Dot Plots In R

Hi. Here is a mini-project that I have been working on. I wanted to play around with dot plots in R and this is what I came up with.


Table Of Contents

Butterfat Content Data

Dot Plots Using ggplot2

Cleavland Dot Plots Of Average Butterfat Content By Cow Breed And Age Using dplyr and ggplot2

References


Butterfat Content Data

We first load the faraway dataset library and the ggplot2 package in R.

I save the butterfat data into a variable called butterfat_data. The head() and tail() functions are used to preview the data.

The data structure can be examined using str().

The R documentation for the dataset can be found in the faraway library and in the dataset butterfat. I have attached a screenshot image below.

 


Dot Plots Using ggplot2

Creating dot plots using ggplot2 is not difficult. The tricky parts might be customizing the labels and aesthetics. Here is the code and output below.

An alternative to the above plot would be switching the Breed Type from the horizontal axis to the vertical axis. Also, the Butterfat Percentage would transition from vertical to horizontal. Here is the code and output.


Cleavland Dot Plots Of Breed Averages Using dplyr and ggplot2

A Cleavland dot plot is an alternative to the bar graph. Instead of having a bar, a single dot is used instead. This type of dot plot can be useful as it reduces visual clutter from all the bars.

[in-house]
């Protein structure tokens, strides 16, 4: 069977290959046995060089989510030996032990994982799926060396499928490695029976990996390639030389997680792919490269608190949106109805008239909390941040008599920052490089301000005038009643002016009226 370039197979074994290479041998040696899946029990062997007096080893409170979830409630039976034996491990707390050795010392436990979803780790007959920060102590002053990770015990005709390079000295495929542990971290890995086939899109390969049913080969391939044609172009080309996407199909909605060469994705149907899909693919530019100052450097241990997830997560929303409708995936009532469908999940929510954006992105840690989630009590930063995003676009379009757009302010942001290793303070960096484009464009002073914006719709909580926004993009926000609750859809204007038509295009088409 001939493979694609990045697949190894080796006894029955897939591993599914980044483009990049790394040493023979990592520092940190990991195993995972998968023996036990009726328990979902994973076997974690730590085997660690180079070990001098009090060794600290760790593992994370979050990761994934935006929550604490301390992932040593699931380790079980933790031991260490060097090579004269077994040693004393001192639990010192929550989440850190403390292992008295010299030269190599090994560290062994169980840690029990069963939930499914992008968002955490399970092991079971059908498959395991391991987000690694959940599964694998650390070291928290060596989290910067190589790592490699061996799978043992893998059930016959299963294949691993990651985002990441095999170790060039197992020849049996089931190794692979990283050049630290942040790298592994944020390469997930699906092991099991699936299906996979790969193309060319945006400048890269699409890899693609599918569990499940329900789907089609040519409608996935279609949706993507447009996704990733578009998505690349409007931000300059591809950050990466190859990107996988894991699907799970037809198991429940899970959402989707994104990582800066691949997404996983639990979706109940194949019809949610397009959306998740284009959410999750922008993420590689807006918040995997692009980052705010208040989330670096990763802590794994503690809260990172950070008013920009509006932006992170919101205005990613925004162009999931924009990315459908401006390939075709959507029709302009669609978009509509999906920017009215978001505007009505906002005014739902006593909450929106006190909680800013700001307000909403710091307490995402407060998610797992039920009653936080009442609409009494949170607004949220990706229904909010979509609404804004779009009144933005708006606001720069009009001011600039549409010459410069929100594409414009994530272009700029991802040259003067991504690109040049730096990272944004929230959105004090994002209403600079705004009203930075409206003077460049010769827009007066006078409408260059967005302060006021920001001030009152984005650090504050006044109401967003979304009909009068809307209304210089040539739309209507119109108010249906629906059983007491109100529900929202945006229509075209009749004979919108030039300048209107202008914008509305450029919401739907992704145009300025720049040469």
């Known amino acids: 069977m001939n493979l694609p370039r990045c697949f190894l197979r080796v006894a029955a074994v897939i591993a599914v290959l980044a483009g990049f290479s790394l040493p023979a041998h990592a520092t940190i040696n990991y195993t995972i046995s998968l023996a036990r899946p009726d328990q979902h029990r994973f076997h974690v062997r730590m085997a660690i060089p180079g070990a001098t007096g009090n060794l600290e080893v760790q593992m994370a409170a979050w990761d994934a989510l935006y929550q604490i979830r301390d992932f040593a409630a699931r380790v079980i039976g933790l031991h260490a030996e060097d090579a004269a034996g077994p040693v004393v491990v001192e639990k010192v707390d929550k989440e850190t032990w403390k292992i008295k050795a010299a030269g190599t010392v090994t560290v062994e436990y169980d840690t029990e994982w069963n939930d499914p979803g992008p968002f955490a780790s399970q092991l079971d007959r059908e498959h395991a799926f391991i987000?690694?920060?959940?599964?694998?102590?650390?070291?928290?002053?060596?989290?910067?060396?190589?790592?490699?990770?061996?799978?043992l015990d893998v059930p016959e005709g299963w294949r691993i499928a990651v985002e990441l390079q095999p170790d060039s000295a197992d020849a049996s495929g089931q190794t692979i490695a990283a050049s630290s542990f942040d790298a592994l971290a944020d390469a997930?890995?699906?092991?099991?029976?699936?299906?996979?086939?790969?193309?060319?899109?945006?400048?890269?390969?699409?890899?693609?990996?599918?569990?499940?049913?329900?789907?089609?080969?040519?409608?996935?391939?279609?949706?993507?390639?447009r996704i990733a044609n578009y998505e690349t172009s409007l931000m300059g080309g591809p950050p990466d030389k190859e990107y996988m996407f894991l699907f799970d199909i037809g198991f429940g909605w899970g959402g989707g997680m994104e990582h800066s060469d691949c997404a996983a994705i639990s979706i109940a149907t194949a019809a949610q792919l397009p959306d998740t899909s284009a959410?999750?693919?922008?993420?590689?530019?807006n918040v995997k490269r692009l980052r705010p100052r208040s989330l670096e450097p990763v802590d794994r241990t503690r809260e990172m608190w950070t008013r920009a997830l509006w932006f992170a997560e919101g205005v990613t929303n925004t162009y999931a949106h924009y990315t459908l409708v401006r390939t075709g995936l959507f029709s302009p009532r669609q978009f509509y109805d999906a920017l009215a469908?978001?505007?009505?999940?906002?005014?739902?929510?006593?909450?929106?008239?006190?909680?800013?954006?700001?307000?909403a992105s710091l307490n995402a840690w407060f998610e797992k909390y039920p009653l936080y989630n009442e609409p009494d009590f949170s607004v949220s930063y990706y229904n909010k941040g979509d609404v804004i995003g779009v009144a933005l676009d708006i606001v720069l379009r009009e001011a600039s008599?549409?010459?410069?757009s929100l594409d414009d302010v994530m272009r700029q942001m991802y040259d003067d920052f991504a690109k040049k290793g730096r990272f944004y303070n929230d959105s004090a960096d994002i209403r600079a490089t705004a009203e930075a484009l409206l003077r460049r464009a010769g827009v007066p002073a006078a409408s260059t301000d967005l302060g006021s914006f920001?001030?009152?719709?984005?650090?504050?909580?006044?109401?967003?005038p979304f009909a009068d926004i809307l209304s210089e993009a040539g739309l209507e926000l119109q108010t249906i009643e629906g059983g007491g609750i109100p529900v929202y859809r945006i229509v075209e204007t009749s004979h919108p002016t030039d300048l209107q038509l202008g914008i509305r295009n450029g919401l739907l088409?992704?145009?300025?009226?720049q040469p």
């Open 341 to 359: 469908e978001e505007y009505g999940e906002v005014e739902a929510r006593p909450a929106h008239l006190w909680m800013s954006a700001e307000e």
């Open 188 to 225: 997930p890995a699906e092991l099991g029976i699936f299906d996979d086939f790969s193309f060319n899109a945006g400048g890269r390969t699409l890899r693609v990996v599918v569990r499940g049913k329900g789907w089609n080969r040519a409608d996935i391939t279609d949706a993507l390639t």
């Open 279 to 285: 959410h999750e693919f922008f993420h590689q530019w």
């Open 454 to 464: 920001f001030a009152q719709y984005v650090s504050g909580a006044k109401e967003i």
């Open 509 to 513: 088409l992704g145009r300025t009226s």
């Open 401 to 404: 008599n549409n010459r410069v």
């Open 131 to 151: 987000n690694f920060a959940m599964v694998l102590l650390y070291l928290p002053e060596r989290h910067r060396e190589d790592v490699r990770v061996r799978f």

I want to plot averages for each breed. Each average (for each group and for each age group) is represented by a single dot. I would have a total of ten dots (because of 5 breeds multiplied by the two age groups).

In R, I load the dplyr package for data manipulation and data wrangling.

I do not want to go into great detail about the dplyr functions here. The code below creates a new dataset variable called butterfat_avg where butterfat_data contains the Breed, Age and the average butterfat content percentage as the three columns.

It makes sense how this new data table has 10 rows/observations since there are 5 breeds and 2 age groups.


The code and output for the dot plots in R using ggplot2 can be found below.

The code and output for the sideways version of the plot above can be found below.

You can see that the average butterfat content percentage from the 2 year Holstein-Fresian cow is not much different than the average butterfat content percentage from the mature Holstein-Fresian cow.

There is rather large difference between the average butterfat content percentage of the 2 year Jersey cow and the mature Jersey cow.


References

  • R Graphics Cookbook by Winston Chang (2012)
  • https://www.rstudio.com/wp-content/uploads/2015/02/data-wrangling-cheatsheet.pdf

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